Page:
Cheers ring out in one of world's top concert halls BSO'S ASIA TOUR

BSO TRIUMPHANT IN TOKYO

November 12, 1994|By Stephen Wigler | Stephen Wigler,Sun Music Critic

TOKYO -- Last night in Suntory Hall, the international arena in which the world's great orchestras perpetually battle, Baltimoreans could have been as proud of their symphony as they would be of the Orioles if they had just clinched the pennant.

The Baltimore Symphony Orchestra and music director David Zinman gave perhaps the greatest concert in their history together, surpassing even the fondly remembered performance in St. Petersburg that brought the orchestra's 1987 tour of Europe to a triumphant close.

The symphony, exhausted from traveling and lack of sleep, bounced back to play its best when it mattered most. This concert will be broadcast throughout Japan next month and on Maryland Public Television Nov. 25 and 27. Other public TV stations in the United States will almost certainly show it.

Viewers will see and hear an orchestra making a quantum leap to a new level in the phenomenal performance of Rachmaninoff's Symphony No. 2, which concluded the program. It made believers out of Suntory's usually staid, skeptical audience.

A sellout crowd had come to hear beloved cellist Yo Yo Ma perform the Elgar Concerto in the first half but stayed to be swept away by Mr. Zinman and the BSO's Rachmaninoff.

"Go BSO!" Yo Yo Ma shouted backstage, as he watched Mr. Zinman, a longtime friend, acknowledge the cheers by crossing his arms over his chest and bowing deeply to the audience. "This is an absolute triumph -- people just love it," said Mr. Ma.

David Lockington, the BSO's associate conductor, arrived breathlessly from his seat in the hall. "Unbelievable, incredible," he said to no one in particular.

The Rachmaninoff, a symphony often hard to hold together over its 60 minutes, sounded as if its composer had not wasted a note. From the moment of its melancholy opening, one sensed palpable excitement. It was as if the audience knew the conductor and orchestra were playing "in the zone," with concentration, power and freedom that were impossible to resist.

Gripping climaxes

There was enormous energy and drive; gripping climaxes in which the orchestra did not seem capable of making an ugly sound; a precision of ensemble -- even in the flying scherzo -- that did not eschew expressiveness; and a fearless and flawless delivery of the peroration, made all the more tremendous by the way one phrase led inexorably into the next.

The level of enthusiastic cheers and sustained applause was unusual for a Japanese audience at a performance by an obscure orchestra. The Japanese like perfection. They are willing to part with $250 for a ticket to the Berlin Philharmonic for the same reason they pay $40 for a cantaloupe with flawless skin or $10 for an exquisitely shaped pear.

But for the Japanese, perfection in music, as in most things, usually means recognizable names, such as Zubin Mehta and the Israel Philharmonic, violinist Gidon Kremer and pianists Evgeny Kissin and Martha Argerich -- all of whom have appeared in Suntory in the past 10 days and received huge ovations.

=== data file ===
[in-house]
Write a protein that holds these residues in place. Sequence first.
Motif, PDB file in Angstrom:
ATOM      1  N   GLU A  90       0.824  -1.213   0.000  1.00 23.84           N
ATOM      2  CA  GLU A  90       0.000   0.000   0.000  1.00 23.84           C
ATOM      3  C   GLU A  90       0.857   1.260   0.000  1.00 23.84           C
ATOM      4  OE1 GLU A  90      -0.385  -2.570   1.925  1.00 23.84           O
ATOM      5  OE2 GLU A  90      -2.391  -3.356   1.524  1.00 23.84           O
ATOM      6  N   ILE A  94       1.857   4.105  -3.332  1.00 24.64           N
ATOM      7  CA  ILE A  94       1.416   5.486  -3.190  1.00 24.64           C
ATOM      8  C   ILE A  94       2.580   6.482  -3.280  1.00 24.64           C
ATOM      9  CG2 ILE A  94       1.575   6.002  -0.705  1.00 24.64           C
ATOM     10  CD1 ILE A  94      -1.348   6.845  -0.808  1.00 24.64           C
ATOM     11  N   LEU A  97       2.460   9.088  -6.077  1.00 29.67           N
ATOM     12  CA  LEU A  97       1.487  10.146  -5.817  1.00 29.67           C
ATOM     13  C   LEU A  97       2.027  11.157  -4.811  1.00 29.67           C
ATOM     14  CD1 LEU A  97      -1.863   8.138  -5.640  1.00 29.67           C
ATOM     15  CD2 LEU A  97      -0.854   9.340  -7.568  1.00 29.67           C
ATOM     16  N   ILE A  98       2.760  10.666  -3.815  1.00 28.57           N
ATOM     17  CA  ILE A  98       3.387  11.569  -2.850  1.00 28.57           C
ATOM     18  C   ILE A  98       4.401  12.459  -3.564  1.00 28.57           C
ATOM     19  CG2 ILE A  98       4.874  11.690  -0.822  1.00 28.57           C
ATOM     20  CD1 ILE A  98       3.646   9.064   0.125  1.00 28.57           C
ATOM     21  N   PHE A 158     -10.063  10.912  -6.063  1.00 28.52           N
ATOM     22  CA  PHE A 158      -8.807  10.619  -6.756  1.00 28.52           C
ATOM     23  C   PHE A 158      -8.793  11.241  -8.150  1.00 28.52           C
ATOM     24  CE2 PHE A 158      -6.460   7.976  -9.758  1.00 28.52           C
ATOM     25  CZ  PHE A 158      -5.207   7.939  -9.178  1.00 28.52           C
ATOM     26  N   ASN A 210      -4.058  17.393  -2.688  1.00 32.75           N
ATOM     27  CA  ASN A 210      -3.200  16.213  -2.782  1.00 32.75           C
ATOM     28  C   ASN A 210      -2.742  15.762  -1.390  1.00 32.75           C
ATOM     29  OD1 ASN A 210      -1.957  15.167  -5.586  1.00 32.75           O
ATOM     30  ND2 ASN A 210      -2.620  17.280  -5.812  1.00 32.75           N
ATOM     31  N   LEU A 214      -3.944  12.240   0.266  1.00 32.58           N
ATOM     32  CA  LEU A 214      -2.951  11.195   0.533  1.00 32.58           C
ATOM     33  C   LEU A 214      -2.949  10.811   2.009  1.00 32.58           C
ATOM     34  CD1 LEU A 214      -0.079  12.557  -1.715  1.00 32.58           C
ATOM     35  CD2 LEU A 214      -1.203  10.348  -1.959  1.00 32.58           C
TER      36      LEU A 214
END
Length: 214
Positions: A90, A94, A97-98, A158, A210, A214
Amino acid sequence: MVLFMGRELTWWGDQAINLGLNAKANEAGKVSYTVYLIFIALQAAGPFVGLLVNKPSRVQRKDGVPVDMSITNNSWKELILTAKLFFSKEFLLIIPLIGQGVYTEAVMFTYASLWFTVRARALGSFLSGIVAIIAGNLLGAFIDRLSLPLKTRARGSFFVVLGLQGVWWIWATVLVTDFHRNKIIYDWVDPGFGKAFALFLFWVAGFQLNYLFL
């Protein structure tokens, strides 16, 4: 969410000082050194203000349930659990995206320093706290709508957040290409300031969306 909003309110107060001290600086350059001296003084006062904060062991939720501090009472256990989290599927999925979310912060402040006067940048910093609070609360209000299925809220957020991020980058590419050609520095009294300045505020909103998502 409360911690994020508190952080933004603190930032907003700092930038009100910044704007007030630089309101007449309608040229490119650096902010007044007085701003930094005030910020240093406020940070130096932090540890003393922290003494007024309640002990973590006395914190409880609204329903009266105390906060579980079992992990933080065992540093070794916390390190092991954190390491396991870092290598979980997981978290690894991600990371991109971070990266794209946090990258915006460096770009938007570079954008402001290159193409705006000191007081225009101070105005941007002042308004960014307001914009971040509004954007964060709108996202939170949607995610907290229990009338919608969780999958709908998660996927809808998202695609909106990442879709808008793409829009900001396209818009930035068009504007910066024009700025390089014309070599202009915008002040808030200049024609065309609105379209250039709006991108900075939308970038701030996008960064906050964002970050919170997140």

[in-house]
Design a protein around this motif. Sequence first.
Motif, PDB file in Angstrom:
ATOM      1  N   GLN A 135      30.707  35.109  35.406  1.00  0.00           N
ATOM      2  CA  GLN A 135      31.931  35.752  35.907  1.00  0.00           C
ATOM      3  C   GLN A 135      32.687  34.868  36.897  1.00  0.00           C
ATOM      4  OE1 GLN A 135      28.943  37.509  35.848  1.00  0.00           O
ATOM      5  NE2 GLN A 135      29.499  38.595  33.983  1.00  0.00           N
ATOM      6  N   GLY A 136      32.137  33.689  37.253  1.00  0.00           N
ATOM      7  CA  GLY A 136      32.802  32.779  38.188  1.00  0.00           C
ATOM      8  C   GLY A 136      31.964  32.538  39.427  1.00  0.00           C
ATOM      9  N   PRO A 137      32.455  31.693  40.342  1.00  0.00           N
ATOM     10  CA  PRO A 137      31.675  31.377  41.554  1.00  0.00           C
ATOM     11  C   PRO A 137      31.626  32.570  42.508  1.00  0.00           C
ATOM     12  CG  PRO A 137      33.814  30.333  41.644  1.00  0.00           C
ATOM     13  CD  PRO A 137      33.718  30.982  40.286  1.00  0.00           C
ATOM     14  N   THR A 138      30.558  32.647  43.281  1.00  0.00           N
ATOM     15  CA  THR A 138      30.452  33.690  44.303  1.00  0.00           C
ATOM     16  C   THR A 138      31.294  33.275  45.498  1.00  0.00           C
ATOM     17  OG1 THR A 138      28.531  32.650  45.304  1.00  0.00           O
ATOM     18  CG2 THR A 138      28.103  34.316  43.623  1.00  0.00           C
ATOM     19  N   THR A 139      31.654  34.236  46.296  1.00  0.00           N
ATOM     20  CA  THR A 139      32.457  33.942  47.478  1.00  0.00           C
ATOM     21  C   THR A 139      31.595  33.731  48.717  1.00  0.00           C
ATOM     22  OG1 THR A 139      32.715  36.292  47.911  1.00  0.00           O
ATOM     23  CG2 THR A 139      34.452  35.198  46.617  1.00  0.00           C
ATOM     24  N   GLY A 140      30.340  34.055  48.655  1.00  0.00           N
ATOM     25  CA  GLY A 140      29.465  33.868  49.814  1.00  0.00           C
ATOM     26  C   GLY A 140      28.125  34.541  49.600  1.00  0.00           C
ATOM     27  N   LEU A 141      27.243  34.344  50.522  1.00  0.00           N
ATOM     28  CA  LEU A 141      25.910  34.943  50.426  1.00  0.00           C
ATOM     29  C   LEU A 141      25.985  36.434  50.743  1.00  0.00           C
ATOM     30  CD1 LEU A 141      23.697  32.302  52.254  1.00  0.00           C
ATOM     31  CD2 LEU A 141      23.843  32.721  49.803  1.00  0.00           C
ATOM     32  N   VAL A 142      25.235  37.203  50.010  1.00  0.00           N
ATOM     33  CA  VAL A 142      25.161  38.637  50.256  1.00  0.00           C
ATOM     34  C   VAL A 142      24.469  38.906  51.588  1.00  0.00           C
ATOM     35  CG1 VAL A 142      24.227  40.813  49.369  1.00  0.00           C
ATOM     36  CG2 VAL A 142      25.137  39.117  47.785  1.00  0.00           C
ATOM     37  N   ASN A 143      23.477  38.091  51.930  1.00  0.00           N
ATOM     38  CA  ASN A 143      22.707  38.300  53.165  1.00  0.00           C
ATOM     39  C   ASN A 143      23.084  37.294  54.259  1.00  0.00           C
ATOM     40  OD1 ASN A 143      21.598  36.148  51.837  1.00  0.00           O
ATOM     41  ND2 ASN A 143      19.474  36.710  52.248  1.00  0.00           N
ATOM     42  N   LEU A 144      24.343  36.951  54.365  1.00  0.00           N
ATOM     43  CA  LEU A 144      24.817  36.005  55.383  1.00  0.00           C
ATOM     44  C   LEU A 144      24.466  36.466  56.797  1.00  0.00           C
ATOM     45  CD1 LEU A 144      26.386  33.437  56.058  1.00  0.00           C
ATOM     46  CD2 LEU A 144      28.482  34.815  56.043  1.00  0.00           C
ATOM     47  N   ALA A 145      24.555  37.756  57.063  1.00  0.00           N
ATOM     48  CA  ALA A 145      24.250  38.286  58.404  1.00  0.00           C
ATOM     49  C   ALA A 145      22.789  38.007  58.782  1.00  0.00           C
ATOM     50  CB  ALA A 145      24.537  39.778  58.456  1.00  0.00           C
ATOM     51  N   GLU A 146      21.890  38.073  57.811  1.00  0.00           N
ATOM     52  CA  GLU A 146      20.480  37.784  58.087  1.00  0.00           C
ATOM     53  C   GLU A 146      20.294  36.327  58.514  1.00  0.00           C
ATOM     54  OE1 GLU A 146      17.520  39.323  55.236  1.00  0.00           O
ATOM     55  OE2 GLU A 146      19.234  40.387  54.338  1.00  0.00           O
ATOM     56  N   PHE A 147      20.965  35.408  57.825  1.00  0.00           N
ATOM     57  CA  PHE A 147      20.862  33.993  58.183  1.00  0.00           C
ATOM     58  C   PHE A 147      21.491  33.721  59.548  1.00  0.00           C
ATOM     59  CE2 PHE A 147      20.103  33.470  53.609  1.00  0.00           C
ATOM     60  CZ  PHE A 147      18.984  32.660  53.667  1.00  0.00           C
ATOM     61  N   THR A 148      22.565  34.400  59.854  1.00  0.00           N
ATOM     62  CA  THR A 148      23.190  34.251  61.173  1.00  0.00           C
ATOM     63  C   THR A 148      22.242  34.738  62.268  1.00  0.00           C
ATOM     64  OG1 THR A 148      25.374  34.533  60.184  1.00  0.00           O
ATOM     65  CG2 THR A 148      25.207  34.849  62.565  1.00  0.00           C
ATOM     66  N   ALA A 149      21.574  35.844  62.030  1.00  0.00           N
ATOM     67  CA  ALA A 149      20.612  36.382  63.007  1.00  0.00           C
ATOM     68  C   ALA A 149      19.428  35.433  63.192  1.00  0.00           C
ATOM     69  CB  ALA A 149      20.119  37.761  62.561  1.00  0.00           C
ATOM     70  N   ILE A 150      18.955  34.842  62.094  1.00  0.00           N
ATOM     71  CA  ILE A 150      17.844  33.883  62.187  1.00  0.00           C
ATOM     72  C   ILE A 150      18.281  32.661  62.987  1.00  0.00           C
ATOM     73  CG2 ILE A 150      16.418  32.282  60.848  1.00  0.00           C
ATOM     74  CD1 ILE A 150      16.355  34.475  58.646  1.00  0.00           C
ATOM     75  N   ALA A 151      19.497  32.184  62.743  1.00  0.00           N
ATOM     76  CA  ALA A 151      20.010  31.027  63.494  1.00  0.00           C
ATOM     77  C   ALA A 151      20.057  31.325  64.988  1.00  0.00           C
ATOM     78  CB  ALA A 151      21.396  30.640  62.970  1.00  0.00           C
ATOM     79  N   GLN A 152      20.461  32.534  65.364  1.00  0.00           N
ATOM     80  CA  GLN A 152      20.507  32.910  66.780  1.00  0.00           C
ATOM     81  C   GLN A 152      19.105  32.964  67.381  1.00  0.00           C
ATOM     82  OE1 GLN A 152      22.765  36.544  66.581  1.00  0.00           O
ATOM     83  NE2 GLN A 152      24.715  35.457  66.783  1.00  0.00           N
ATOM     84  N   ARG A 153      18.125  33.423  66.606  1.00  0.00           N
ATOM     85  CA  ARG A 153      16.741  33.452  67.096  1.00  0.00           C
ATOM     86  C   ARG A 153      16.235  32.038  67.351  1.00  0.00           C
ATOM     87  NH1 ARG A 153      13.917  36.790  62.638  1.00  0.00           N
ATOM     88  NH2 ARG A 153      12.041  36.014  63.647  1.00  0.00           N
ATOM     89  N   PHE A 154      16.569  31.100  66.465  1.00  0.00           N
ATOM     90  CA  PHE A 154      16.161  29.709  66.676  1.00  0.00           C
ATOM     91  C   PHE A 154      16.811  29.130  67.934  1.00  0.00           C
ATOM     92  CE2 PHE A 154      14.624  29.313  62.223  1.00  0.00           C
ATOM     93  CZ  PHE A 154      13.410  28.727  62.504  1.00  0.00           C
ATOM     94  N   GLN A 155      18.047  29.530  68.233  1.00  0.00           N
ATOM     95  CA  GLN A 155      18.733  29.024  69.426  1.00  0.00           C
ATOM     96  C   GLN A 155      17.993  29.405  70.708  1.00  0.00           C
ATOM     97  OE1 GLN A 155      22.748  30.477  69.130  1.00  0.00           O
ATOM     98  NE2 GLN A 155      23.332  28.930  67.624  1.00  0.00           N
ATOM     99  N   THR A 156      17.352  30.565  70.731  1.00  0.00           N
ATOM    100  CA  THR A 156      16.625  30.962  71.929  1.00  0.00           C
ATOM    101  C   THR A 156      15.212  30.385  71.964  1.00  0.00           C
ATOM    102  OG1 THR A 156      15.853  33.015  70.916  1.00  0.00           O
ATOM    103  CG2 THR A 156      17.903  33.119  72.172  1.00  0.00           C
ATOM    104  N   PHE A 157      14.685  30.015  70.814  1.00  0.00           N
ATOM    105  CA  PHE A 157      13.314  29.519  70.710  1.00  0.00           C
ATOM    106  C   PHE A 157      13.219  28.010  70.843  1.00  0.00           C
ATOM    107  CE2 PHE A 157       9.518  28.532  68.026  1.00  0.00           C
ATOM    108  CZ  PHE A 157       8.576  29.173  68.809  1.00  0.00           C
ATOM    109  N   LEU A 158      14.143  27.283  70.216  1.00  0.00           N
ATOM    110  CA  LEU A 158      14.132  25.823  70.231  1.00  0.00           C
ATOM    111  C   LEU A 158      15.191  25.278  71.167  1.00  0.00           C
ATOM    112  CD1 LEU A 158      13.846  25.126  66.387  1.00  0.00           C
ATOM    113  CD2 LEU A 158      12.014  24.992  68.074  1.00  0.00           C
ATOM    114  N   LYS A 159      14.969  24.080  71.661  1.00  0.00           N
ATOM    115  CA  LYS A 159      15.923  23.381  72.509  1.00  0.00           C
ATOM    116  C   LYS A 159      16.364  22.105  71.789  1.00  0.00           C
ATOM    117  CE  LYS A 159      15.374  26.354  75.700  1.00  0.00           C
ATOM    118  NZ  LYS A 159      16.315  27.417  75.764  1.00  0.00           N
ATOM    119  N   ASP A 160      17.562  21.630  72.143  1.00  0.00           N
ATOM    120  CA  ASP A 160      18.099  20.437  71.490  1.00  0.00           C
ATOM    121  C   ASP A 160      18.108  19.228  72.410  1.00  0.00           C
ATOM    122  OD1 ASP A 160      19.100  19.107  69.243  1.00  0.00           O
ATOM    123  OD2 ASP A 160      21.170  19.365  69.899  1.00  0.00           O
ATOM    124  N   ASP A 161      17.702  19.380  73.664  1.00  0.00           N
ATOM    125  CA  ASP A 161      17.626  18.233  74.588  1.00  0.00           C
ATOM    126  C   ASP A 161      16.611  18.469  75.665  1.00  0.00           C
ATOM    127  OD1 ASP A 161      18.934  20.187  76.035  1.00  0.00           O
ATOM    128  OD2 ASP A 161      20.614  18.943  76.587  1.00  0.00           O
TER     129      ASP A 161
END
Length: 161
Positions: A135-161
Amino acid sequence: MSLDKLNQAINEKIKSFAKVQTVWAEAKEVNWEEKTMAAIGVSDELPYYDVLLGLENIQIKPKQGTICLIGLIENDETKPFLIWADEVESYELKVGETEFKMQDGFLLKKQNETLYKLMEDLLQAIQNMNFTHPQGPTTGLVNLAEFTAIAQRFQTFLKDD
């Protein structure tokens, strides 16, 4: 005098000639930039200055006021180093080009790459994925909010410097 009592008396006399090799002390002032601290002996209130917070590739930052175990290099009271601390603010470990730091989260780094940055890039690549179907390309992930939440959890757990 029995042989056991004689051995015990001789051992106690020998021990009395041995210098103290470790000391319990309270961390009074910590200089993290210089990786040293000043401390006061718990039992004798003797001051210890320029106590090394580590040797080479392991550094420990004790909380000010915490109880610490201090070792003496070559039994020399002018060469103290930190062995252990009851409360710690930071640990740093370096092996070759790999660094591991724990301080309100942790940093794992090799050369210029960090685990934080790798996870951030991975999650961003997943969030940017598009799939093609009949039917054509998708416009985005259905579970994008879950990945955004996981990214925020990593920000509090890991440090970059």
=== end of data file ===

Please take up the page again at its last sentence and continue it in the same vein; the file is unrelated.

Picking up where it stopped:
But the ovation that greeted Mr. Zinman and the BSO after the Rachmaninoff surpassed any of them, just as it surpassed the great ovation for Mr. Ma after his achingly beautiful performance of the Elgar in the first half of the program.

'Exceptional response'

"It was a very, very exceptional response," said Masa Kajimoto, president of Kajimoto Concert Management Co., Japan's most prestigious classical music presenter. "This audience did not expect this kind of performance from this orchestra."

"Two elements created the enthusiasm," Mr. Zinman said afterward, before dinner with Mr. Ma and the cellist's friend Prince Takamodo, the nephew of Emperor Akihito. "For the audience, we were just an unknown orchestra, and then it discovered it wasn't hearing just a backup group for Yo Yo.

"They enjoyed being surprised, and they treated us as if we were their discovery. And it didn't hurt that our orchestra could compete with anything from Vienna or Chicago. I'm always proud of this orchestra's musicians, but tonight, they really played with their hearts and souls."

Yesterday was not one that bookmakers would have selected for a triumph by the BSO. As concertmaster Herbert Greenberg put it, "It was a very, very bad day until the concert."

On the previous evening, the orchestra played in the remote town of Oyabe, returned after a long bus ride to its hotel in Toyama at 11 p.m., and had to pack and be ready to leave for a flight to Tokyo at 8 a.m.

What made matters worse was that musicians get pumped up after a concert, particularly a good one, and Oyabe had been very good indeed. Few fall asleep quickly in such circumstances, and the players were bleary-eyed as they waited yesterday morning for the buses that would take them to Toyama's airport. They hoped to arrive early enough to nap before a 3 p.m. rehearsal. But when the players arrived, their rooms were not ready. There was to be no rest before either the rehearsal or the 7 p.m. concert.

'Like mashed potatoes'

"We tried to get up for moments like these, but we feel like mashed potatoes on the inside," said piccolo player Laurie Sokoloff.

From the start of the concert, the musicians played at a high level. Copland's busy and treacherous "El Salon Mexico," which had usually troubled the orchestra, was absolutely secure in its precision. And the orchestra seemed to take inspiration from Mr. Ma, who was more tired than anyone because he is battling the flu and arrived the previous day from Boston. Yet, he still managed to give a characteristically affecting account of the Elgar.

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